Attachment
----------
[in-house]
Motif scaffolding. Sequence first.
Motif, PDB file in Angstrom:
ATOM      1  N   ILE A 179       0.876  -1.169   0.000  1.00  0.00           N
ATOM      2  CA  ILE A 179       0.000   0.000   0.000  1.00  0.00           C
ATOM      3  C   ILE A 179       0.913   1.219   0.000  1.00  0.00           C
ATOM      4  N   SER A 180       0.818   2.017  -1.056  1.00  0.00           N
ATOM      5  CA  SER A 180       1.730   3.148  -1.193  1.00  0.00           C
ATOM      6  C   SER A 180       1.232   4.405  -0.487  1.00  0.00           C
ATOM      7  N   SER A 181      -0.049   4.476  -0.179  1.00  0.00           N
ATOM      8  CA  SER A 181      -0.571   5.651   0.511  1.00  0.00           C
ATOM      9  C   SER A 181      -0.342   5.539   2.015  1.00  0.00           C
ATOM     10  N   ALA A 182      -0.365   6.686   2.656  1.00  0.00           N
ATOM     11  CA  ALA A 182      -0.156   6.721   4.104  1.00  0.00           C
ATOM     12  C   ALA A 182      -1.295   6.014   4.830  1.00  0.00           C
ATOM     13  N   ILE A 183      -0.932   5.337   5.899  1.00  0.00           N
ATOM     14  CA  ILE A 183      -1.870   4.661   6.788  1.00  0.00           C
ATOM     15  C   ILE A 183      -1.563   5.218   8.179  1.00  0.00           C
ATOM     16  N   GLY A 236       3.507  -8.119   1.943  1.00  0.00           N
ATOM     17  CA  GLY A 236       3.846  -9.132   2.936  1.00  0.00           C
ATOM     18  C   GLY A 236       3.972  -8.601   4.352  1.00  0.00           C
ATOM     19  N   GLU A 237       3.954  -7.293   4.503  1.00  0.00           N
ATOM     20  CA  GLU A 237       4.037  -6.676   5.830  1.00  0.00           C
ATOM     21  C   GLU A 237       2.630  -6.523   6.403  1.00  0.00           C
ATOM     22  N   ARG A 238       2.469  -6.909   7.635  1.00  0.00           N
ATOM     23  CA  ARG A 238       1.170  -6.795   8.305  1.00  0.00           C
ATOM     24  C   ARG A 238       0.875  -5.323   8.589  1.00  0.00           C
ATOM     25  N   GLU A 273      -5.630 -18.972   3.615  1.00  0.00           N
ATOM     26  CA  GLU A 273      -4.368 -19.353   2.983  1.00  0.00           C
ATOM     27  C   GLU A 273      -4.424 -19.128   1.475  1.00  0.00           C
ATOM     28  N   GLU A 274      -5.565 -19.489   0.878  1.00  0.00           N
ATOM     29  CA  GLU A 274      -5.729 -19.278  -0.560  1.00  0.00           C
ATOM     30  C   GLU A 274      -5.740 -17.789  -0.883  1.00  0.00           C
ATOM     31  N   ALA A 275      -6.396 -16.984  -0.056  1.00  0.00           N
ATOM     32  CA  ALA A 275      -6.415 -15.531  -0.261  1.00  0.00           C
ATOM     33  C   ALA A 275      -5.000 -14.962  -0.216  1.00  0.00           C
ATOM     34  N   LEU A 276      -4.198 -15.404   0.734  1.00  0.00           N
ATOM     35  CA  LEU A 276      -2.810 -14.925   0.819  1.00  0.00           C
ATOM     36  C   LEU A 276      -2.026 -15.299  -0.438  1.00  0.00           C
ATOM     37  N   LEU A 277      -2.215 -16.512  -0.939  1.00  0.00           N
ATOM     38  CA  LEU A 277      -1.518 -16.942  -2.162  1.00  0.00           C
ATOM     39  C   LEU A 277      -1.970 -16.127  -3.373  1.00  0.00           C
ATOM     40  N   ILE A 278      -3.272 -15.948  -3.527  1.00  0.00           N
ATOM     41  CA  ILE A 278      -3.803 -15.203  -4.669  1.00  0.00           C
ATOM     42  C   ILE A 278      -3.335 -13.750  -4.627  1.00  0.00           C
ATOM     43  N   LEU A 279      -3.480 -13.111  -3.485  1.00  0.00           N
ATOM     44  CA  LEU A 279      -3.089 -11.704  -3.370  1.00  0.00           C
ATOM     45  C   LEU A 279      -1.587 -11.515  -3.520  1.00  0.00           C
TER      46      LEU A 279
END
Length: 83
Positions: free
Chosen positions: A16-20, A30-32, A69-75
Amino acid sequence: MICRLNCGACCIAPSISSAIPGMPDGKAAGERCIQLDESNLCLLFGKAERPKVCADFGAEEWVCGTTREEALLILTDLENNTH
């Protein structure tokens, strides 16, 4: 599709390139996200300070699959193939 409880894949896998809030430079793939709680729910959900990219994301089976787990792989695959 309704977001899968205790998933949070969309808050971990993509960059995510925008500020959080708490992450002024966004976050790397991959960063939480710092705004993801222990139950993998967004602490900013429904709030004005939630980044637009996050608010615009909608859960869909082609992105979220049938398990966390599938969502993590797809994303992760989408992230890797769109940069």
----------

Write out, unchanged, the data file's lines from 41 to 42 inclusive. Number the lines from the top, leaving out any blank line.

ATOM     38  CA  LEU A 277      -1.518 -16.942  -2.162  1.00  0.00           C
ATOM     39  C   LEU A 277      -1.970 -16.127  -3.373  1.00  0.00           C